Father-Russia * Russian-American Theatre Project : russian.vtheatre.net * Russian font: "view" (your windows) > "encoding" > "cyrillic" * russiapost news *
antohins.vtheatre.net: one family, one century (doc)
ShowCases: 3 Sisters, Mikado, 12th Night, Hamlet, The Importance of Being Earnest, Dangerous Liaisons, Don Juan
prof. Anatoly Antohin Theatre UAF AK 99775 USA
(Draft, work in progress, more like Notes)
There is nothing new in this thought or existential feelings, Berdyaev wrote many good books on the subject "life as tragedy"... To write about it again is rediculous -- and that is what I do -- this is a comedy act.
Being lost is normal -- 20 centuries of Chritianity should be a good proof of this intellectual doctine.
I gave this book a wrong title. On purpose. Everything is wrong about Russia and the title must be wrong anyway, why not to make it wrong from the start.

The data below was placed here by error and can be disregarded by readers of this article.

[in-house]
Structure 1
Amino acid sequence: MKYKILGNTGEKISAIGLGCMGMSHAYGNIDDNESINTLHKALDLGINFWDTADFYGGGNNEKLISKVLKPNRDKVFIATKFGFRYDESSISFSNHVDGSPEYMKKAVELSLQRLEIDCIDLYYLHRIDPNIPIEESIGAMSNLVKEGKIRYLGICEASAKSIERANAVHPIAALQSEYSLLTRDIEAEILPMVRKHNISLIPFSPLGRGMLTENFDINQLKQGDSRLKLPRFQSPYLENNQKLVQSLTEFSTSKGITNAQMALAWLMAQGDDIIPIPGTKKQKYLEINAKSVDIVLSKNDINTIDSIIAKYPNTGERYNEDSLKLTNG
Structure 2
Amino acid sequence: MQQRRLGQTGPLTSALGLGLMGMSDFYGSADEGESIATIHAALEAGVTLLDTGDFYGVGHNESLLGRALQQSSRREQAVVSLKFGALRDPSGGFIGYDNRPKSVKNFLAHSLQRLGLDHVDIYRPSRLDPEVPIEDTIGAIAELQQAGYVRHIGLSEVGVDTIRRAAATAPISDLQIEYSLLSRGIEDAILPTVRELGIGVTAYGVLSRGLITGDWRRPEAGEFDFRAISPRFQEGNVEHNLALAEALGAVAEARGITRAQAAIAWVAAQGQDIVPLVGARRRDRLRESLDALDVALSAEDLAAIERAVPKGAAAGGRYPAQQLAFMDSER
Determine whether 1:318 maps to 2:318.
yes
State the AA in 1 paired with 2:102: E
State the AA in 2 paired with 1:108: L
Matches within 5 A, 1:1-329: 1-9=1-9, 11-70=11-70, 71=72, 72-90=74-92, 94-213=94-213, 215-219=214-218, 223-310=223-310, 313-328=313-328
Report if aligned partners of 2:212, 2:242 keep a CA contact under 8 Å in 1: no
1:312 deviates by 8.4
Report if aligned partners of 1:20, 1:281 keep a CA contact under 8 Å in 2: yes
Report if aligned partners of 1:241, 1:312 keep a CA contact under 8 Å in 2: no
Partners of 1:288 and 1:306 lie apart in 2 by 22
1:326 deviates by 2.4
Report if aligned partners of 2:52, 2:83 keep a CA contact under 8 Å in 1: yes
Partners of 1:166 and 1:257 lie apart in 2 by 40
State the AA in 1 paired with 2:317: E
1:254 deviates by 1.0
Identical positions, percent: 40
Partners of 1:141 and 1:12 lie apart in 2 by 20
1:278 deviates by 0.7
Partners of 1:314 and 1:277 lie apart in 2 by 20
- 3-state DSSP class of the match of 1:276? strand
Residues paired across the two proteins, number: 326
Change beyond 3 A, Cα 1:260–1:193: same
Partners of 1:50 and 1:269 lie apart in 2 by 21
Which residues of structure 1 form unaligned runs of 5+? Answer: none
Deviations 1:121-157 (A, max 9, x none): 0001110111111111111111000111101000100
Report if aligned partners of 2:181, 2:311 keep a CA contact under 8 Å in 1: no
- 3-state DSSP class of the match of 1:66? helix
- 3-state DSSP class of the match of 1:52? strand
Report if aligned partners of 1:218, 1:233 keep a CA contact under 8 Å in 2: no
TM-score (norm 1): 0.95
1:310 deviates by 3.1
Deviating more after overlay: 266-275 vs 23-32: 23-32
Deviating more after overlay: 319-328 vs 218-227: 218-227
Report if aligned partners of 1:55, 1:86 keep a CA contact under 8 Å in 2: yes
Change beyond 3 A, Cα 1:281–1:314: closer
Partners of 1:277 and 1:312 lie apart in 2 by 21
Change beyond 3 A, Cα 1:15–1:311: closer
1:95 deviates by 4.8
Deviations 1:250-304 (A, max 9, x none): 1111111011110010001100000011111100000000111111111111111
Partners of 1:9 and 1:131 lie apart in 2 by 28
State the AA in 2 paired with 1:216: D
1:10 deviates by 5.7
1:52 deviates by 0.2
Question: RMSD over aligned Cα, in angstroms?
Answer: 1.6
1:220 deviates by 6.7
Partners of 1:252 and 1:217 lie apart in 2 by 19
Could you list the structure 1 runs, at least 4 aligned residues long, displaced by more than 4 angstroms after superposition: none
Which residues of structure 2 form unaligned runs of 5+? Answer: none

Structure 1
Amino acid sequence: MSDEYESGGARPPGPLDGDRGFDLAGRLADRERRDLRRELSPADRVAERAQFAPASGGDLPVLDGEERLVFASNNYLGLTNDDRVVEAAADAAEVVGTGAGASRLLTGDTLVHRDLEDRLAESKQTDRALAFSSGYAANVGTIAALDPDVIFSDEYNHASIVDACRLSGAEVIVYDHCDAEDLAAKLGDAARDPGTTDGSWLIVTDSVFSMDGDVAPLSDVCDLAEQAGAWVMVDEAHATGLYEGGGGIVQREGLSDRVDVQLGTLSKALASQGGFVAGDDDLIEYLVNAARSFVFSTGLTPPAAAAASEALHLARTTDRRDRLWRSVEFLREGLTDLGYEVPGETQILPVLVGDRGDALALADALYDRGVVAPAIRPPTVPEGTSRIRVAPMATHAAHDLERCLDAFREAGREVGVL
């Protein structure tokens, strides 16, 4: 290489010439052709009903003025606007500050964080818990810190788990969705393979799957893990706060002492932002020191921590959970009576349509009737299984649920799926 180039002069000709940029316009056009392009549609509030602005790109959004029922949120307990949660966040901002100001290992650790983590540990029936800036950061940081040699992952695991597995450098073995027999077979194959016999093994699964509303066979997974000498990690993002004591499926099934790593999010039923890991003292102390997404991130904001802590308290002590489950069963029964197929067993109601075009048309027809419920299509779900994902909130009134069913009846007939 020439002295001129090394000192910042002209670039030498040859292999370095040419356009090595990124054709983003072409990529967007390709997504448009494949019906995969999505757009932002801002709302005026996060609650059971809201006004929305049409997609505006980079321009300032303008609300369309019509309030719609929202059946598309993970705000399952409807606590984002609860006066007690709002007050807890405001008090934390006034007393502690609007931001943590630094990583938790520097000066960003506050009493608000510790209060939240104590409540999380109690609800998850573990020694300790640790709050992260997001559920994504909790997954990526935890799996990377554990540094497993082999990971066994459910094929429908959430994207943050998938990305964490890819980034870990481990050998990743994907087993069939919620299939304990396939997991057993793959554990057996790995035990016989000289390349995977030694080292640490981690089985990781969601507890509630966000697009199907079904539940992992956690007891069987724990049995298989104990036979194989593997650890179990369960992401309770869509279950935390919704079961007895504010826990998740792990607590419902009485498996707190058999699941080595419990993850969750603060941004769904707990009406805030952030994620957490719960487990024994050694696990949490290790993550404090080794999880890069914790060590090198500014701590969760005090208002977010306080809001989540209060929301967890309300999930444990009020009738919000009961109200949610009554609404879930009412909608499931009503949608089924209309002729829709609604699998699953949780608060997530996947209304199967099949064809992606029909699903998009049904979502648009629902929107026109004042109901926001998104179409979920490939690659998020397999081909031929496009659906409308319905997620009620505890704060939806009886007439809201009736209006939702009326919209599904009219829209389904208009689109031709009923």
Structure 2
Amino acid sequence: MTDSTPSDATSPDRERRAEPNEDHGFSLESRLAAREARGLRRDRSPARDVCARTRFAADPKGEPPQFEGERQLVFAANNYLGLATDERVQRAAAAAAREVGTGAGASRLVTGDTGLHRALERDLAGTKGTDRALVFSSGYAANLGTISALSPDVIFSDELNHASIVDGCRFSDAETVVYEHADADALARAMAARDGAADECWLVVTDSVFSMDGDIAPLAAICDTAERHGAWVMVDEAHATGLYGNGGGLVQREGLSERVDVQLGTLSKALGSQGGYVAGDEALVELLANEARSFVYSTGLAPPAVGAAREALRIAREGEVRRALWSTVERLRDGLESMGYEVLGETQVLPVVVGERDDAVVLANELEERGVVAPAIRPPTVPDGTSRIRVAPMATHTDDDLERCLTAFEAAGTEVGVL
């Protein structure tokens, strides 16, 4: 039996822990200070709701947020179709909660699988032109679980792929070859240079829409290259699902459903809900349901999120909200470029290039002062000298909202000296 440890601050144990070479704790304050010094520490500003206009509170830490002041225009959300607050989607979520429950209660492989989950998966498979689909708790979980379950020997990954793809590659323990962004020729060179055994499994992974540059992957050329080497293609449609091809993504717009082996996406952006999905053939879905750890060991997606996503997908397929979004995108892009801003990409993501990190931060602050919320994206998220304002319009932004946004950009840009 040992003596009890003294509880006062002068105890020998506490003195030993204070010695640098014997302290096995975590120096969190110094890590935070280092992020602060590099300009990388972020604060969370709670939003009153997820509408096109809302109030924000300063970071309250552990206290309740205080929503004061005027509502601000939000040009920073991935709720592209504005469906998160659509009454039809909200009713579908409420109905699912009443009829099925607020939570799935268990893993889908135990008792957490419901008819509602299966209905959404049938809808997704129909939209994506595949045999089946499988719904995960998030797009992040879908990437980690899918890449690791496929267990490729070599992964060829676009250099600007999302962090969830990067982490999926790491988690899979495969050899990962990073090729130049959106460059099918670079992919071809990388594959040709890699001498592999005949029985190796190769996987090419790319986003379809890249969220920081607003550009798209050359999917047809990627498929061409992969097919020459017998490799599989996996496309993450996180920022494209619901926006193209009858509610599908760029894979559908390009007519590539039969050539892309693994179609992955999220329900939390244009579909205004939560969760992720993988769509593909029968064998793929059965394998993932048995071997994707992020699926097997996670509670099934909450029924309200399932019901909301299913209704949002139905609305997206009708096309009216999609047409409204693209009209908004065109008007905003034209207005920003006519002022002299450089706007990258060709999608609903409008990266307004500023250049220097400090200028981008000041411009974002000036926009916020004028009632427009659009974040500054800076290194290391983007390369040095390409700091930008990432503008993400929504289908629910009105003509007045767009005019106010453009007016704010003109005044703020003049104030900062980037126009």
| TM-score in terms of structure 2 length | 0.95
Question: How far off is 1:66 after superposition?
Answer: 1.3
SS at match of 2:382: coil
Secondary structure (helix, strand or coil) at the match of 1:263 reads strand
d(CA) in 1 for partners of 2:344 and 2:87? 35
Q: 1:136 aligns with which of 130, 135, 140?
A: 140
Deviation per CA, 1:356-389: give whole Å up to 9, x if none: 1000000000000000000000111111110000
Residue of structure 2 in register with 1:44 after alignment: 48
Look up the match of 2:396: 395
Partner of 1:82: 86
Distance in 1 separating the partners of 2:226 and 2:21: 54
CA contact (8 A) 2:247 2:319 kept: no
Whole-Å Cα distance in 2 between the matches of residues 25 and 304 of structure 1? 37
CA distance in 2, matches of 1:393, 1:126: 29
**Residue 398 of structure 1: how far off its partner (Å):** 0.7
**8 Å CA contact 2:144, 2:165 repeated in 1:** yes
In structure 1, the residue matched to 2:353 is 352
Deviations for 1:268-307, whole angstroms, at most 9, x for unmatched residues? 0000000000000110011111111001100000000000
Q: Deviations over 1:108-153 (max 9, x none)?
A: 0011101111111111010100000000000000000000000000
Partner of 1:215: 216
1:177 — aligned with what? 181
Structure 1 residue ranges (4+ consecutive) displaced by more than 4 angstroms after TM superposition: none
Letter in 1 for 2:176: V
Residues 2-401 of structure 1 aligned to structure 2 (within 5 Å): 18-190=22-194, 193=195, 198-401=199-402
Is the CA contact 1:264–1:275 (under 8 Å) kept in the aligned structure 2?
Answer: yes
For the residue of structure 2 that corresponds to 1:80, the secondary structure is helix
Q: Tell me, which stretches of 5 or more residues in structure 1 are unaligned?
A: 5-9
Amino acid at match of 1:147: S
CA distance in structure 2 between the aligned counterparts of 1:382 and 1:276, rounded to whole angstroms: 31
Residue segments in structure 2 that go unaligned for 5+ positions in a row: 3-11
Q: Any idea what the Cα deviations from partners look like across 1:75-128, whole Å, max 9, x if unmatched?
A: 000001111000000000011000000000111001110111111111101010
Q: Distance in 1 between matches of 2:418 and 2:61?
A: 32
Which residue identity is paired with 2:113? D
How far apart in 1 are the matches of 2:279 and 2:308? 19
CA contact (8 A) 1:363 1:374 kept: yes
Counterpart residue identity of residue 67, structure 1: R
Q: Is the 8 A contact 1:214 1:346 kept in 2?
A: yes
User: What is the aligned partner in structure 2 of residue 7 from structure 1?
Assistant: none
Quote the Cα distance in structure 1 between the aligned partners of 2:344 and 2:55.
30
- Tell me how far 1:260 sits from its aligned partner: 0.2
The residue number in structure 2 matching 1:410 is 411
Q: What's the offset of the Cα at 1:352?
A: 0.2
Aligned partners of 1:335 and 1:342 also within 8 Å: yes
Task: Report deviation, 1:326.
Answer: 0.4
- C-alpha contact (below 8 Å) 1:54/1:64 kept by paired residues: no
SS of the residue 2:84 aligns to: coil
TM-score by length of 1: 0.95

Father-Russia is about the Soviet Union. Mother-Russia died in 1917. Right now there is an orphin Russia or something "AmeriRussian"...
Many things are wrong in my book -- I write it in wrong language and for wrong reasons. I am a wrong person to write such a book.
I expect to be misunderstood. I am ex-Russian and I understand why they are not so happy about becoming Americans. It was examined in the 19th century -- and smart Russians rejected the American Idea. I myself do not have my American Dream in place even after twenty years as American. I am wrong American, Russian American, I guess, if such a thing could exist.
I do not have good dreams. Looks like there is nothing in me hidden away, only fears. One of the repetetive themes is me be lost in Russia. The endless ways to home, when I do not know the address or cannot recognize it. The strangers. All nonsical and depressing.
Russia? What Russia? Does anybody care about Russia? I don't know. I even can't see it -- the future of Russia. I try -- and I see nothing. That is what I see -- The Nothing.
My job is simple -- I have to record my vision of Nothing.
Oh, yes, I see it, I do see it -- Jersey City.
The Possessed 2003